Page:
Since a thing can have only one complete set of properties that define its nature, you can’t ascribe two contradictory natures to the same thing at the same time. If you say that “the nature of something is X,” you’re contradicting the claim that “its nature is not X, but Y.” And that’s the root of the problem Geisler and Turek are running into. The Christological formula is necessarily going to give contradictory answers to simple questions because it explicitly incorporates the inherently contradictory assumptions that Jesus both is divine rather than human, and is human rather than divine.
There is one caveat here: it’s also possible to talk about “categorical natures” that are subsets of the complete set of characteristics that define a thing. For example, you can combine the “nature of a husband,” the “nature of a college professor,” and the “nature of a liberal” in the same man, because these are only subsets of the complete set of qualities that make up the person. Besides, the qualities in “nature of a husband” do not overlap with the qualities of “nature of a liberal,” so the two sets can be merged without causing conflicts.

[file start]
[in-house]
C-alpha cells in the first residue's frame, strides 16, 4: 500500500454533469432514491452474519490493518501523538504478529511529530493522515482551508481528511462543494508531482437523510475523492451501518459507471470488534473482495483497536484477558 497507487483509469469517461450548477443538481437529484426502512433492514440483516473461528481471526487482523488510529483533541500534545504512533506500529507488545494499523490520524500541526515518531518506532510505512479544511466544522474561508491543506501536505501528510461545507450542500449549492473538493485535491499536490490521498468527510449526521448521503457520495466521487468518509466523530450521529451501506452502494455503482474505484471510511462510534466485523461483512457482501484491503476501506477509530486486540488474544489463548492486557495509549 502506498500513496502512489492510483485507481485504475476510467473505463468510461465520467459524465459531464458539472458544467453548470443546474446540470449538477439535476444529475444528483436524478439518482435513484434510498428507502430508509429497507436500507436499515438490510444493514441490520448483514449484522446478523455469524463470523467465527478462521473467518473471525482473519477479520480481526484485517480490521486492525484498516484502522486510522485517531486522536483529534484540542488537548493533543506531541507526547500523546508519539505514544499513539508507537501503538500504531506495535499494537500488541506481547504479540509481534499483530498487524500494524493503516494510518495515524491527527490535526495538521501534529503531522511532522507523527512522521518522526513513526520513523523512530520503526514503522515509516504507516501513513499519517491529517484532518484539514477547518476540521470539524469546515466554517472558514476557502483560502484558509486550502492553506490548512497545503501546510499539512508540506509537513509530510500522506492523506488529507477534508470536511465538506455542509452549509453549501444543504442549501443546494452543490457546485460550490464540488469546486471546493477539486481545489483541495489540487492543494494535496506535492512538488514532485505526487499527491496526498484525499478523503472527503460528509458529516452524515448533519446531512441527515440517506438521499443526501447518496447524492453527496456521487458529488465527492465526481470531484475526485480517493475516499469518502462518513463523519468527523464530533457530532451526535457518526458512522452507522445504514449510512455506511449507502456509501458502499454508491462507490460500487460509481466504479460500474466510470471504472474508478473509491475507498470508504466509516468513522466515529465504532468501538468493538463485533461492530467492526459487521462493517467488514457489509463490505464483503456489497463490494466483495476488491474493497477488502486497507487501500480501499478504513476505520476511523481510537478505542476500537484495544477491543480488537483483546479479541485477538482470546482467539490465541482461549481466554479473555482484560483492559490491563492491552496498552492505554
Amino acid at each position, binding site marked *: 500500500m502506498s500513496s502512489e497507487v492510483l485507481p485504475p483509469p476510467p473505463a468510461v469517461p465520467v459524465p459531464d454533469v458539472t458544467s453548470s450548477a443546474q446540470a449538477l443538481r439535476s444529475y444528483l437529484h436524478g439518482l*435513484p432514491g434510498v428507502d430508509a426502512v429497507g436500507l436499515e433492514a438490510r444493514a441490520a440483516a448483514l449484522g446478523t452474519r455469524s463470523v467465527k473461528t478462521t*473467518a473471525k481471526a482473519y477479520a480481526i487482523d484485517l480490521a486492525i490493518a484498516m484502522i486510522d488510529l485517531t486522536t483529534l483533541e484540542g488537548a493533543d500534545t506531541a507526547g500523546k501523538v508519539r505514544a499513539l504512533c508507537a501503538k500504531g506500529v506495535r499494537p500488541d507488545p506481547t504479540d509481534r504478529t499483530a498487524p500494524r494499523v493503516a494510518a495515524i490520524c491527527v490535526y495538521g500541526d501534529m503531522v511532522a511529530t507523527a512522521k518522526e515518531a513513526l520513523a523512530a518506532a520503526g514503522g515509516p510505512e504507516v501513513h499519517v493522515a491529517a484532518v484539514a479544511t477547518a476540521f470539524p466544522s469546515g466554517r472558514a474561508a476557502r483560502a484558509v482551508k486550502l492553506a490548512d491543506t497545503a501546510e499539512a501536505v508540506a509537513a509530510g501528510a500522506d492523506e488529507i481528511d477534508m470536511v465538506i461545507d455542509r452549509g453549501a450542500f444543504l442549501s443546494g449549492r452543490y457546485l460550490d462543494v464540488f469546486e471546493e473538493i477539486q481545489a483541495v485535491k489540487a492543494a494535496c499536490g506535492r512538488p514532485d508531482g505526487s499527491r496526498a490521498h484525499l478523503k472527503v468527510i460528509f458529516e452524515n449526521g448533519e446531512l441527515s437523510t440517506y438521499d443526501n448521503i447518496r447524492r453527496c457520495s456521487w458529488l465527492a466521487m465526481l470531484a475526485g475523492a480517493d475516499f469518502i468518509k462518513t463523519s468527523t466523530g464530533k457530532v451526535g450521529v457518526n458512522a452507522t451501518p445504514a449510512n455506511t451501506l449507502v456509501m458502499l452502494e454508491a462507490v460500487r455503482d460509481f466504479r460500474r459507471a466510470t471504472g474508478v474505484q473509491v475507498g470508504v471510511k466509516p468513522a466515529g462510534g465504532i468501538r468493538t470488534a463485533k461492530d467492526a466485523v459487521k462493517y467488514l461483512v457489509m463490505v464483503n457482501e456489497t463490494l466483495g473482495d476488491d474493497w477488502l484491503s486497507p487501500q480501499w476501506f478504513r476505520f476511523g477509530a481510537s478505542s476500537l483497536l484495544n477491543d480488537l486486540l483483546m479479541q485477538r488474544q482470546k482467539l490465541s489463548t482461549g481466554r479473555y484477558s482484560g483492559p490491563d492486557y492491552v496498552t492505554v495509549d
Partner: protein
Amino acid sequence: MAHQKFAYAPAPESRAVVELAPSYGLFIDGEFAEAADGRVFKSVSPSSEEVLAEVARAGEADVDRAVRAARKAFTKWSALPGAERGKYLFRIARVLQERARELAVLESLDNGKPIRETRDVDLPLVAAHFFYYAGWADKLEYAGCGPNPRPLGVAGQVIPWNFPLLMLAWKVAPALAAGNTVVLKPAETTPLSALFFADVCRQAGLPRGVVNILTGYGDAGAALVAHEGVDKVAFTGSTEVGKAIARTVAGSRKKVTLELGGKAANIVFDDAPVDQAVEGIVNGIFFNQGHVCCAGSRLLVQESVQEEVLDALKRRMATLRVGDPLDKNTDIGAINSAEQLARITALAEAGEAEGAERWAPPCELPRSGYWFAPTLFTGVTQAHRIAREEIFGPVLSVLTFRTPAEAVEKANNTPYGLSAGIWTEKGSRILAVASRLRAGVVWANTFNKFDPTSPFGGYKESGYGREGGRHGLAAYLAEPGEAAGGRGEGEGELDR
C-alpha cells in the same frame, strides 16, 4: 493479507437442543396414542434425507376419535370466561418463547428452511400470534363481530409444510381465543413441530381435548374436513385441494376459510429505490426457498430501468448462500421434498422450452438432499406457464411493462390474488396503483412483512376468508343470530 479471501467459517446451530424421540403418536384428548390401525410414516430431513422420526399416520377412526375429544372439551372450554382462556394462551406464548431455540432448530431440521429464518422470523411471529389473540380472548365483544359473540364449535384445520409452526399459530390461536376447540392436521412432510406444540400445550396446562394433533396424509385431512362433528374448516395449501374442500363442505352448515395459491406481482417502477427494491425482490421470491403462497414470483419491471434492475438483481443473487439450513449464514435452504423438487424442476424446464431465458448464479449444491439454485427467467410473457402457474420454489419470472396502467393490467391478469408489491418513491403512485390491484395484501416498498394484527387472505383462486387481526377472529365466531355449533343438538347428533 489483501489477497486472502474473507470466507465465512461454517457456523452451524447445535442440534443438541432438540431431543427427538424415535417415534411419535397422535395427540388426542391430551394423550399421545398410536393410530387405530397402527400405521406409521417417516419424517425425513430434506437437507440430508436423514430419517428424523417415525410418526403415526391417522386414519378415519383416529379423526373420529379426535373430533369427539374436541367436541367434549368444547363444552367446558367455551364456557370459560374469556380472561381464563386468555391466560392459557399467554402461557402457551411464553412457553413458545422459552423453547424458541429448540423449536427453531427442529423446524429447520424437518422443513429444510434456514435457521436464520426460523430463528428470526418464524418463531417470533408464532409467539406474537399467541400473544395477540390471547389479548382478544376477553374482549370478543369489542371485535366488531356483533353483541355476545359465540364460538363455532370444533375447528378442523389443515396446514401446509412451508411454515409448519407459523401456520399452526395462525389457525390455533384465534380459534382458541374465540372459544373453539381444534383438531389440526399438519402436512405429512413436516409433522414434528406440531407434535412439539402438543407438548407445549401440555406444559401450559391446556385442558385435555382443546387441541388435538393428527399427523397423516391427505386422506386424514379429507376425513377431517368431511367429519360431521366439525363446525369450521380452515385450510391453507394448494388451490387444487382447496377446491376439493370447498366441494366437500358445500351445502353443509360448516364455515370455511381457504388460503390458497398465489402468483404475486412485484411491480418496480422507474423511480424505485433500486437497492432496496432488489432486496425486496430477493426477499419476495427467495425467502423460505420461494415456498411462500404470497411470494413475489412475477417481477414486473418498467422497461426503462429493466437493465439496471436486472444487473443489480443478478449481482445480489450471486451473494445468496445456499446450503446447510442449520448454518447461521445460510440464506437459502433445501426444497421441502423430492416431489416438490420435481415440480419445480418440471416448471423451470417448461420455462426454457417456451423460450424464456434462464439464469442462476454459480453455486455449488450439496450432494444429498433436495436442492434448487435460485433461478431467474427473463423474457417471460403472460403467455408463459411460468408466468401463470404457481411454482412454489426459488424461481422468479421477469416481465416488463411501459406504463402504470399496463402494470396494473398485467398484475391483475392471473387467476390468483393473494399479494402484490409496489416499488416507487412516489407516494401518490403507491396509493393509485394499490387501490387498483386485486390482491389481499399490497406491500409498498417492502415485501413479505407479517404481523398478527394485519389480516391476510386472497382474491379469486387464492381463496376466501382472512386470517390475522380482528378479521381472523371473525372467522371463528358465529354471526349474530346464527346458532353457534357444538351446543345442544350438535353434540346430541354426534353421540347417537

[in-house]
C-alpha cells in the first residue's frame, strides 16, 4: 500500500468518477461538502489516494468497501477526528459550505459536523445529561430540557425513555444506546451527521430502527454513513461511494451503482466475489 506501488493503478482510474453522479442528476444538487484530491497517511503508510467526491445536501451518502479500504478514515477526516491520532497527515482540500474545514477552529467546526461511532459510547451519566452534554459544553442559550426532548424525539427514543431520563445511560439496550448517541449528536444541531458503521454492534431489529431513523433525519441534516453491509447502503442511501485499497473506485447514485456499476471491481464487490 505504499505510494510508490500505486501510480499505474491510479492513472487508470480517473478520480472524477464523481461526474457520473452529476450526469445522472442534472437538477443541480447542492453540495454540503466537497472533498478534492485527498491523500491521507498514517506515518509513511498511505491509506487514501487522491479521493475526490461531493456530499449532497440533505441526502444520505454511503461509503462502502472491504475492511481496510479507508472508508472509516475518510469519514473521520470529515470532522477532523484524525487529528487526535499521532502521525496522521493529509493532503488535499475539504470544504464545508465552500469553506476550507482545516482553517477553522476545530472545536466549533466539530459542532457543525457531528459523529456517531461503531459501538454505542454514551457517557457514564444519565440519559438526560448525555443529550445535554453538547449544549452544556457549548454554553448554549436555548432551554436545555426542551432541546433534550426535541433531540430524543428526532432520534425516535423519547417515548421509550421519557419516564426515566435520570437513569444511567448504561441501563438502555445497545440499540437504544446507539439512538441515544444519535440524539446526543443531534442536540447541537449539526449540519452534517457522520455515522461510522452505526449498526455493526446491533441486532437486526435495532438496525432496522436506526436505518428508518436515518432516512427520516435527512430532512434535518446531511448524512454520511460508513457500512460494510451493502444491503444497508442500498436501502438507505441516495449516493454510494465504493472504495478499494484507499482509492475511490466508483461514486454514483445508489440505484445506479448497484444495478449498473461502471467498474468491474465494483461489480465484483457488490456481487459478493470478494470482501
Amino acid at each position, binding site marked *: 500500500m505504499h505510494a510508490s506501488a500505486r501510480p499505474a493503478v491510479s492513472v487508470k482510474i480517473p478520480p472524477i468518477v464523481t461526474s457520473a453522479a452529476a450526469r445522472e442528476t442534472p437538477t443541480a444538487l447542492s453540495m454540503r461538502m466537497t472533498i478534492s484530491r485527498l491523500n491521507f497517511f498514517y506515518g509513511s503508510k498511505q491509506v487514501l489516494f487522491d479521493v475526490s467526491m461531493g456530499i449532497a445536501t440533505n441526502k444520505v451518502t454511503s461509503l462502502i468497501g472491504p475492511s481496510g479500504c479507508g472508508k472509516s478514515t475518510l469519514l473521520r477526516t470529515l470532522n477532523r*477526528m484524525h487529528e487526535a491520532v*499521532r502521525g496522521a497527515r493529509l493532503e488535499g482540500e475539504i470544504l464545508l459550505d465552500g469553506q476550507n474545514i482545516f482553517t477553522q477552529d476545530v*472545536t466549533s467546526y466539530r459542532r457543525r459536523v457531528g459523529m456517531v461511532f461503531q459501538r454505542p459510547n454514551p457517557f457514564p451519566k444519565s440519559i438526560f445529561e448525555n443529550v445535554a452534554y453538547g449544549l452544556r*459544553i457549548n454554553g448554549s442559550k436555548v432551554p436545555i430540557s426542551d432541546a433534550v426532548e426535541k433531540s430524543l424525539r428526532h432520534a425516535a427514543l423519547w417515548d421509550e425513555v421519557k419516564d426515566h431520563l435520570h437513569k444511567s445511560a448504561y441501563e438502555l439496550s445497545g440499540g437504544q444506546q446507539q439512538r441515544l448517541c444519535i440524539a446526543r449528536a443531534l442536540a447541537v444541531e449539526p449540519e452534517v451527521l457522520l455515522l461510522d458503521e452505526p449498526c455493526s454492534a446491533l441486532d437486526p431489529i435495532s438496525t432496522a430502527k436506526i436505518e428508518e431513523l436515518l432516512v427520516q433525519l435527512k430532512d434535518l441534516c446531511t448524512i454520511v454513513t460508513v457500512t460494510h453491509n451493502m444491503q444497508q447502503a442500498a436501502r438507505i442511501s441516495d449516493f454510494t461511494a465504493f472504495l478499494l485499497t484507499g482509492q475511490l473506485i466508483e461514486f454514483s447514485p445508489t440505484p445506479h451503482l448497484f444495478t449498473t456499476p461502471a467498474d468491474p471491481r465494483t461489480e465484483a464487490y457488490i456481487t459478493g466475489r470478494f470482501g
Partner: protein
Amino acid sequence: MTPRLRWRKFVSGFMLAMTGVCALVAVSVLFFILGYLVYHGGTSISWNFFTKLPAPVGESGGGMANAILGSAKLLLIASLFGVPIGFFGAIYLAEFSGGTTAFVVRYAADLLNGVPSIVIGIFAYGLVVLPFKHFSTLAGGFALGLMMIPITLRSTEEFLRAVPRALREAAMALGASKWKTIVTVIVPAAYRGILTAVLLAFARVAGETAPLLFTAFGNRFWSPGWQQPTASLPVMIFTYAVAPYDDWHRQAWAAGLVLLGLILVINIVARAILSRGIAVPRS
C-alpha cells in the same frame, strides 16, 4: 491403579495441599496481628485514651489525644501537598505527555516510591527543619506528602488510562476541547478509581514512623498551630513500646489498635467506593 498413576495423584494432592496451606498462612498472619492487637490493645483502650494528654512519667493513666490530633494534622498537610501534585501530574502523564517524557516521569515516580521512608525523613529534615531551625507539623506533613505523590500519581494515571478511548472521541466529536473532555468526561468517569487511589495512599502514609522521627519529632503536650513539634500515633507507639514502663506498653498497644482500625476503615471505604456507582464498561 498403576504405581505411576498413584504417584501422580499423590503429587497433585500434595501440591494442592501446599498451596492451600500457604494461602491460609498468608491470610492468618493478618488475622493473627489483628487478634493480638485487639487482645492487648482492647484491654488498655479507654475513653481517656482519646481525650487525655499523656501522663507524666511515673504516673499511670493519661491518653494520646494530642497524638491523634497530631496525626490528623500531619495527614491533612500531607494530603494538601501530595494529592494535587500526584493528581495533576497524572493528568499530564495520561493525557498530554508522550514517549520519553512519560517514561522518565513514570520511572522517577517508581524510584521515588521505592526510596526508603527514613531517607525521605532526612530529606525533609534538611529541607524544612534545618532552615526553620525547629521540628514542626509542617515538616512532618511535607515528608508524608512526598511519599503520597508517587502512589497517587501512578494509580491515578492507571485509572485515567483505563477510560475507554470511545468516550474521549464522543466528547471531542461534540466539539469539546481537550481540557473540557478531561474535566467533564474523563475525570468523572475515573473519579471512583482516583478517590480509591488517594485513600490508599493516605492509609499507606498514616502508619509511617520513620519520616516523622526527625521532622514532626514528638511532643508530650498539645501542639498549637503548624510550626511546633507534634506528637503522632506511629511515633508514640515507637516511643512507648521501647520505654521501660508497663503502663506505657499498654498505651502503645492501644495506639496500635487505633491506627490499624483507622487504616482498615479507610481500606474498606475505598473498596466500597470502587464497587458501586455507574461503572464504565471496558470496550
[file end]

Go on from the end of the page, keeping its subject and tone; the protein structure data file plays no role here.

That caveat doesn’t work for the Christological formula, though, because the “divine nature” and the “human nature” do directly overlap and contradict one another across a wide range of properties. That’s why the formula, even when correctly stated, cannot give consistent, non-self-contradictory answers to straightforward questions.
This is a point worth emphasizing: the problem is inherent in the formula as correctly stated. We’re not getting wrong answers because we’re applying the wrong formula, or because we’re applying it incorrectly. The original, authentic, Christian formula is self-contradicting and therefore gives self-contradictory answers even when correctly stated and applied. It’s a flaw in Christianity itself, and not a problem in how we’re using it.
Geisler and Turek know this. They know that what the early Christian Fathers said was self-contradicting, they even list a number of examples of cases where the same formula returns both “Yes” and “No” for the same simple questions. But they believe what the Christian founders said anyway, even though common sense would recommend otherwise. And that, as I mentioned before, is the very definition of gullibility.